Most understand by now that the world’s beaches are lined with plastic. Among the cigarette butts, single-use bags, and Coca-Cola bottles, lies a heck of a lot of waste from the beauty industry. And, arguably, celebrity brands are making the problem worse.
Right now, the hottest accessory in Hollywood is a beauty brand. From Rihanna to Idris Elba to Selena Gomez and Hailey Bieber, it’s starting to feel like you’d be hard-pressed to find a celebrity who hasn’t ventured into the skincare or makeup industry. But, unfortunately, many of these new lines are beyond harmless.
Every year, the cosmetics industry produces around 120 billion units of packaging, most of which isn’t recyclable. And unless these brands are totally single-use plastic-free (which spoiler alert, for the most part, isn’t the case), celebrities are only heaping more trash on the pile.
But it doesn’t have to be this way. Could A-listers be using their platforms and finances to solve beauty’s waste problem, rather than contribute to it?
Celebrity beauty attempts at sustainability
In 2017, Rihanna demonstrated the power of her influence when she transformed the beauty industry overnight. Before Fenty Beauty, it was hard to come by a truly skin tone-inclusive range of foundations. But that’s not the case anymore. Rihanna proves, that in business, star power goes a long way in changing the status quo. And the same could happen for sustainability.
Fenty is trying. After launching its skincare arm in 2020, Rihanna said in a statement that she wants “beautiful” packaging, with “an earth-conscious approach.” The brand says it is working on reducing “excess packaging” everywhere it can, and has introduced new refillable cosmetic and skincare products, including Fenty Icon lipsticks.
But it has a long way to go. Most of the Fenty range, including its best-selling foundations, don’t appear to be recyclable. At least, there isn’t any information readily available if they are. Its website says there is “a new recycling partnership in the works,” but offers no further details. The same can be said for several other popular celebrity beauty brands.
For example, Florence by Mills, launched by Stranger Things’ Mille Bobby Brown in 2019, states it is committed to remaining “responsible to our planet,” but still admits it uses single-use plastic across its range.
Gwyneth Paltrow just brought her clean label Good. Clean. Goop. at Target stores nationwide last October — but while the formulations may be clean and affordable, the packaging is all plastic, contributing to the global plastic waste problem.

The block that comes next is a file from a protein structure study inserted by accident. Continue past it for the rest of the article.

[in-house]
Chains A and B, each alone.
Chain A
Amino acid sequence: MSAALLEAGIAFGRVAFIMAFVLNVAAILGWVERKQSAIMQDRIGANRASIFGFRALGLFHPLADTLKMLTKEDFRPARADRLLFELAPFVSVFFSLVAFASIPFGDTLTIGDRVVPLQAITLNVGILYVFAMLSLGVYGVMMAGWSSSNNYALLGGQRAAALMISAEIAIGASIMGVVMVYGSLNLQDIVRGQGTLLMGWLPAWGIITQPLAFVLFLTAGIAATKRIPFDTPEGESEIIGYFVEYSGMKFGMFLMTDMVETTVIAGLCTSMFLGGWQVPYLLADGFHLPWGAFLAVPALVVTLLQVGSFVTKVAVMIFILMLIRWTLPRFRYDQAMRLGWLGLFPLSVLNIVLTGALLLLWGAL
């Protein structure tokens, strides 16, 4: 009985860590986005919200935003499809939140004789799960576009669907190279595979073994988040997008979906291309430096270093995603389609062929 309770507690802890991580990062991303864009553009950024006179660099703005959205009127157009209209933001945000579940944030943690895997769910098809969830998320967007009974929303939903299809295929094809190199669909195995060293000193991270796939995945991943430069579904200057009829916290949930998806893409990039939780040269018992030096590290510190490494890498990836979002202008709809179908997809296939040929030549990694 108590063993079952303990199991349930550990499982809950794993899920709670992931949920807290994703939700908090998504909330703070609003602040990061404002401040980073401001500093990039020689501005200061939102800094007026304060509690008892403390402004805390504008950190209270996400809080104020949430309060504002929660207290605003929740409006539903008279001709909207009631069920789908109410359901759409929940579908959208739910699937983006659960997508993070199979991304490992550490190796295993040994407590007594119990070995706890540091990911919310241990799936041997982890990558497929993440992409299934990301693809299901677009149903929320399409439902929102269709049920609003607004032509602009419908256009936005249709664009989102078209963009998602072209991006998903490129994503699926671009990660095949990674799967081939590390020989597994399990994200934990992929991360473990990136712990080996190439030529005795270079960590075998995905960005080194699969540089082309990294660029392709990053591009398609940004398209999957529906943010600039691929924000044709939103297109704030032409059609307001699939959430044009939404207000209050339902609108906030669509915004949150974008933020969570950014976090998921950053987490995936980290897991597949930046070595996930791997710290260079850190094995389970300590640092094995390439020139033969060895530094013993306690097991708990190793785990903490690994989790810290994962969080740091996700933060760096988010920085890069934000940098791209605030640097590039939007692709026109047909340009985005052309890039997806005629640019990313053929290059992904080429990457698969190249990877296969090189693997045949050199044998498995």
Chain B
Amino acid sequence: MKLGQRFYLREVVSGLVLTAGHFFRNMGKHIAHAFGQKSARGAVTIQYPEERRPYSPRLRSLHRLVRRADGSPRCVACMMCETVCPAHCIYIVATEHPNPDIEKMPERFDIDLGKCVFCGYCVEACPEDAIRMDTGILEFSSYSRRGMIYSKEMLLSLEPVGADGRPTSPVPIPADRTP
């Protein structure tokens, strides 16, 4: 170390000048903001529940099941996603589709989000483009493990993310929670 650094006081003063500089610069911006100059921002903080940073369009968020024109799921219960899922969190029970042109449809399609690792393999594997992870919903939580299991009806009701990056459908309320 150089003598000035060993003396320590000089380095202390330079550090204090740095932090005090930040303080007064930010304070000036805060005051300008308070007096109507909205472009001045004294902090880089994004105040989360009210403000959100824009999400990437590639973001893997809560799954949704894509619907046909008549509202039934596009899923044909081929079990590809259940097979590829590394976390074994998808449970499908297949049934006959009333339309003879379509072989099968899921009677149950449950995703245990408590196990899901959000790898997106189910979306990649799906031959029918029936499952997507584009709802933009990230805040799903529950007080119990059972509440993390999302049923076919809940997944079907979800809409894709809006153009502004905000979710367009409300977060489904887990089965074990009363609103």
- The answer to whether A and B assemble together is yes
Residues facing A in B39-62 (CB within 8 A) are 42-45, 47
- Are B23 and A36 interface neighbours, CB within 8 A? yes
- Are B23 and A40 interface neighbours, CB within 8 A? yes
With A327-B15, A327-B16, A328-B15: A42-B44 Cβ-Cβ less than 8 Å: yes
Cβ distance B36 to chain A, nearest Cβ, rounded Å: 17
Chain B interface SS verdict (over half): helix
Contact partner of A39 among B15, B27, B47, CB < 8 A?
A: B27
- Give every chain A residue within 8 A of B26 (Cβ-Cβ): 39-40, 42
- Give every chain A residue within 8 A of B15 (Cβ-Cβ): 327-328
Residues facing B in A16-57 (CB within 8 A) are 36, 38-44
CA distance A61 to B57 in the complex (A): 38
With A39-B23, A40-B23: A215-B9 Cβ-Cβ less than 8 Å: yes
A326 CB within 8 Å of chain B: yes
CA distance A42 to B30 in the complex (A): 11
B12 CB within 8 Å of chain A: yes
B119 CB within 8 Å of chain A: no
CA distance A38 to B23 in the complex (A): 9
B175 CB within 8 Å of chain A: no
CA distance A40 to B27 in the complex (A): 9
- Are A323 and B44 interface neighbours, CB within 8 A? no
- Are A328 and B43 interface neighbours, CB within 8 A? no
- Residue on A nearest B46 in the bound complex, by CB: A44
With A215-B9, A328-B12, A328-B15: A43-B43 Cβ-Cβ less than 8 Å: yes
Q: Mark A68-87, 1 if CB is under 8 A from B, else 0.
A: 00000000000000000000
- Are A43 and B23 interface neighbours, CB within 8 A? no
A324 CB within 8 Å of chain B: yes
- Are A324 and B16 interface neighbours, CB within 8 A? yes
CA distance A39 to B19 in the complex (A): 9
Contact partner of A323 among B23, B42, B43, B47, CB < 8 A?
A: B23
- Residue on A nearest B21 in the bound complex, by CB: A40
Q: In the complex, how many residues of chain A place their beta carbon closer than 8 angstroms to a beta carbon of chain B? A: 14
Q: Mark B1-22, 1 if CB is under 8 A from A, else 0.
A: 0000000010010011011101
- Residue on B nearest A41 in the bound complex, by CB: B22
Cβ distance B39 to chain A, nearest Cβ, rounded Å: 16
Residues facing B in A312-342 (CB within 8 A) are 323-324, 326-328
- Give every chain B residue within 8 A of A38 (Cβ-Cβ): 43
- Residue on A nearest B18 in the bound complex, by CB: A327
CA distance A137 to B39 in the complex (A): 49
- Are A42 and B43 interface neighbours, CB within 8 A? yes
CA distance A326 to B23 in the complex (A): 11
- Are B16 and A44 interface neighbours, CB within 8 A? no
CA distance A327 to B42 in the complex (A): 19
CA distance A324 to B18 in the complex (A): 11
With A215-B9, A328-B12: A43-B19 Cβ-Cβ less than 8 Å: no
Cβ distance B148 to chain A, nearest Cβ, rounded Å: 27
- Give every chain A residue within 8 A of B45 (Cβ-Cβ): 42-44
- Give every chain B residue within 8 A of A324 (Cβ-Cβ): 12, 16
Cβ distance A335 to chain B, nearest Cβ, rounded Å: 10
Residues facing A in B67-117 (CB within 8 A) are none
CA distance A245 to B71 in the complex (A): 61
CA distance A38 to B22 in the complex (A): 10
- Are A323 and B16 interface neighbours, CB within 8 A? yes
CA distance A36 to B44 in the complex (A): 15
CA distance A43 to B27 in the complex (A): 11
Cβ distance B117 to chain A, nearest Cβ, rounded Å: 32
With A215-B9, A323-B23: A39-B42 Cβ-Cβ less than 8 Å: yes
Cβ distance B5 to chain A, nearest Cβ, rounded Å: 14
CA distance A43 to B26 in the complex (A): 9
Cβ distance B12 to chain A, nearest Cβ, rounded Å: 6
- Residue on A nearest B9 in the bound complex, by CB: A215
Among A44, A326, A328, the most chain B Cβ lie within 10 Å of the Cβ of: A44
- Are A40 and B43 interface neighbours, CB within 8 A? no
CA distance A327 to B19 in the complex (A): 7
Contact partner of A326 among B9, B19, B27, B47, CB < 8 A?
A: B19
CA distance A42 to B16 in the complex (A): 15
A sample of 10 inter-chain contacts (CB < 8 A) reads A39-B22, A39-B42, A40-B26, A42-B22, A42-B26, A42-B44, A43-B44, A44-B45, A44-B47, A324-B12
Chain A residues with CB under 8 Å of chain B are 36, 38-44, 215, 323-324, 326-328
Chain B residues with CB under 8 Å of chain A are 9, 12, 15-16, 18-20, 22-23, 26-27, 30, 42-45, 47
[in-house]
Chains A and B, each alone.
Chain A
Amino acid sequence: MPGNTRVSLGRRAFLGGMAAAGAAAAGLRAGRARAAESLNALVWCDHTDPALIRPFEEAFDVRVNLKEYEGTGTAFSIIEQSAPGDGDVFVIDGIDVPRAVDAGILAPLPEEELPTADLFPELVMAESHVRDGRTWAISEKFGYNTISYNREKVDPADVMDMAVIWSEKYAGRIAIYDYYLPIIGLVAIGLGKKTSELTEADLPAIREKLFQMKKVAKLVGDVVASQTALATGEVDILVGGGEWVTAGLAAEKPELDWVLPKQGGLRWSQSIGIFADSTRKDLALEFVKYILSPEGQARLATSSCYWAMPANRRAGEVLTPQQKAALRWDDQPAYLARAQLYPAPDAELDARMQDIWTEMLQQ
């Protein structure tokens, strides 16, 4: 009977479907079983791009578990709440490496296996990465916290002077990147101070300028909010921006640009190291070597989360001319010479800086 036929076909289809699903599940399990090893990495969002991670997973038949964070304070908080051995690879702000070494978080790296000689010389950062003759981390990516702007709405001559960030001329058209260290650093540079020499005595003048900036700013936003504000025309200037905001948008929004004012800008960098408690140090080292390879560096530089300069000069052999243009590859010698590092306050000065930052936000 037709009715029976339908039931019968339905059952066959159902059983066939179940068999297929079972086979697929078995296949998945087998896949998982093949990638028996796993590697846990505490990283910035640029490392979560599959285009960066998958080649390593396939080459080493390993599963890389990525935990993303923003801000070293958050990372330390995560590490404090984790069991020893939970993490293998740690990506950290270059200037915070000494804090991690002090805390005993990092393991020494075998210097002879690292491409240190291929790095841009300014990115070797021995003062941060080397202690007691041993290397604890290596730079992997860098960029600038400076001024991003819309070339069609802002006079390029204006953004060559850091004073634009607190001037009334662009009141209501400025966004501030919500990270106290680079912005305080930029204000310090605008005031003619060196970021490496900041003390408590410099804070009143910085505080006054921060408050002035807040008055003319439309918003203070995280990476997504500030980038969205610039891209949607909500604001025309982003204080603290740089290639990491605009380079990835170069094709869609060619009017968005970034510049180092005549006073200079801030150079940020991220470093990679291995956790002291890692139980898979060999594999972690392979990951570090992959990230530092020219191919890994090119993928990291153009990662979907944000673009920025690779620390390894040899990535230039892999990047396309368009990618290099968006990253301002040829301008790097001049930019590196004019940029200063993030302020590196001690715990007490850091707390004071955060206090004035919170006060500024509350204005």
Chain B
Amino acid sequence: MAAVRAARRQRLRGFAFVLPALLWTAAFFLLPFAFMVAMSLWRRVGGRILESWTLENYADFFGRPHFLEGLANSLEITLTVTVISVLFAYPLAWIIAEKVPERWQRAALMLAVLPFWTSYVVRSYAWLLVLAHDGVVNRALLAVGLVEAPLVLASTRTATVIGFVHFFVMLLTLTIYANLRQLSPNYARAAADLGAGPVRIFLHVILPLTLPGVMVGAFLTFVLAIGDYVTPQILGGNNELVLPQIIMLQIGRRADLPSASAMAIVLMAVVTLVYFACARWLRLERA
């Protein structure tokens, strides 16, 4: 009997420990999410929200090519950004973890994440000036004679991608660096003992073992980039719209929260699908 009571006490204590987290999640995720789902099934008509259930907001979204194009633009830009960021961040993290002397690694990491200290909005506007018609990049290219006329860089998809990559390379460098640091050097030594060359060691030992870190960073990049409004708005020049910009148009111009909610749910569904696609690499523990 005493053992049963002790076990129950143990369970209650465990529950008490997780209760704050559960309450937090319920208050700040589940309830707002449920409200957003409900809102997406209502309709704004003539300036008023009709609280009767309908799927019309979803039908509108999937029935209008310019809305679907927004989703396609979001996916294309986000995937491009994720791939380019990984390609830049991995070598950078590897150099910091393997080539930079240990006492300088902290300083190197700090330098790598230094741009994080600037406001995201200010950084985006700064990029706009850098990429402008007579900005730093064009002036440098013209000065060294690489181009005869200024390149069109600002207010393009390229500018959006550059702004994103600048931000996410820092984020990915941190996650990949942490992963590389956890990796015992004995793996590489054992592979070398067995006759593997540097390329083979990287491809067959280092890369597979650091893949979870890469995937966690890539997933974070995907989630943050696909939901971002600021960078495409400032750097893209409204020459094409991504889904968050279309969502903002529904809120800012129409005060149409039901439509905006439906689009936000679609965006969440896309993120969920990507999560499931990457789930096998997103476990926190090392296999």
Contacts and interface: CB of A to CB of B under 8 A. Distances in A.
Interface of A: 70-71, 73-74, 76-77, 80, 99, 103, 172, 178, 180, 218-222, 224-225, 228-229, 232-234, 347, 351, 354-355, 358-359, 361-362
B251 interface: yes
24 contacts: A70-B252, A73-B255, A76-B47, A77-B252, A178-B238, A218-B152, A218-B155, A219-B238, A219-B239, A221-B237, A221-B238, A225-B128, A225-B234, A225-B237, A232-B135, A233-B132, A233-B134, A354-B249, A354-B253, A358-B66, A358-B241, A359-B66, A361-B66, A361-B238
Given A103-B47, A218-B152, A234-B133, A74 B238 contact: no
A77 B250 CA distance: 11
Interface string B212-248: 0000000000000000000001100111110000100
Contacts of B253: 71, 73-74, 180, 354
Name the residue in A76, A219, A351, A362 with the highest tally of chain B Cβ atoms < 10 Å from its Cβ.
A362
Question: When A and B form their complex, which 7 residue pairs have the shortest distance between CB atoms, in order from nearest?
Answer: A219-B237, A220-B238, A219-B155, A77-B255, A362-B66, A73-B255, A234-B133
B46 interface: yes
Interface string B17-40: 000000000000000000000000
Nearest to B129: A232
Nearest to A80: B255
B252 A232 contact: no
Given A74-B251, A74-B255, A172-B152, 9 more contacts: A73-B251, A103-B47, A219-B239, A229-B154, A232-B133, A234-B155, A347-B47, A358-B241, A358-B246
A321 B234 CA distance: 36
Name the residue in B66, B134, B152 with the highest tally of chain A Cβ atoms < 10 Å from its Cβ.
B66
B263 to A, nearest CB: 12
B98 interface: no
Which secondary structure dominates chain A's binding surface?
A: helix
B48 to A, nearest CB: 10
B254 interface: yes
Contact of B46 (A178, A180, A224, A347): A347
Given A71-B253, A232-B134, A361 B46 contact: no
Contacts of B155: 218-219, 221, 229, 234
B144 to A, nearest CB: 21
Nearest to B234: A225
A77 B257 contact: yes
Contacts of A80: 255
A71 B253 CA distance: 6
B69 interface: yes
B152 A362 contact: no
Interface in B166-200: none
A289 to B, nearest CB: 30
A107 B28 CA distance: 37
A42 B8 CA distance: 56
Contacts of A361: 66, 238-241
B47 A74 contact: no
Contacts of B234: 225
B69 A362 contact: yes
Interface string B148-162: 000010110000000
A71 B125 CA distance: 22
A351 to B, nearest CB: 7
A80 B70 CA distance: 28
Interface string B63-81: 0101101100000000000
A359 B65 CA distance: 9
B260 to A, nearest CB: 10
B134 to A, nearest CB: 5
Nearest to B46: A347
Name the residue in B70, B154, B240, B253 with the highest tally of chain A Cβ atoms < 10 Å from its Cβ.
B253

Kylie Jenner’s beauty brand Kylie Cosmetics offers no information about its sustainability policies on its website. And while Lady Gaga’s Haus Labs says it “strives to use sustainable packaging materials,” there is little information given beyond the fact that its secondary cartons are recyclable.
To cut them a little slack, there is no doubt that making beauty products with good-for-the-planet packaging is tough. Most mainstream recycling facilities struggle to process small, fiddly items like mascara tubes and pumps, for example.
But, that said, producing even more of these items isn’t the answer. It only adds to the rapidly growing trash problem. And make no mistake, these brands are churning out a lot of plastic-packed products every day. Enough, at least, to turn Rihanna into a billionaire, and get Jenner pretty close.
Using money and power to create a sustainable beauty industry
Some celebrity beauty brands are succeeding when it comes to sustainable packaging.
Brad Pitt’s Le Domaine utilizes refillable bottles. And Stella McCartney’s skincare line is 100 percent reusable, recyclable, and refillable. The designer told Glamour ahead of the launch: “At every stage I have challenged myself to make the most responsible decisions.”
But it seems those responsible decisions come with a price tag. McCartney’s Restore Cream moisturizer comes in at $105 per pot. Pitt’s The Cream will set you back a cool $320. Compared with Kylie Skin’s $28 Clarifying Gel Cream and Fenty’s $42 Brightening Overnight Recovery Gel-Cream, for the average beauty-lover, there’s no competition. The latter are for the masses, while the former are very much for the privileged few.
So what’s the answer? Another celebrity launches another beauty brand that manages to deliver on both affordability and sustainability? Perhaps. That is if the industry can squeeze in yet another big name trying to sell another serum.
Maybe, though, celebrities could start using their money and influence to pull the strings from behind the scenes, to finance the innovation that helps scale the packaging solutions that are really going to change the game for beauty. Or, they could even attach their faces to brands that are already doing the most for the planet. Without the big price tag.
To name just a handful of examples, Upcircle Beauty offers a whole range of plastic-free moisturizers for less than $30. Bolt Beauty packages its cleansers, moisturizers, and serums in biodegradable capsules made from seaweed and sells all three for less than £15. Axiology sells its plastic-free lipstick sets for under $40.
There’s no doubt, celebrity status, money, power, and follower count can bolster the sustainable solutions created by these brands, and create enormous change in an industry that is suffocating the planet with plastic. But to do so means putting their money with their mouths are, and leaving their egos at the door.
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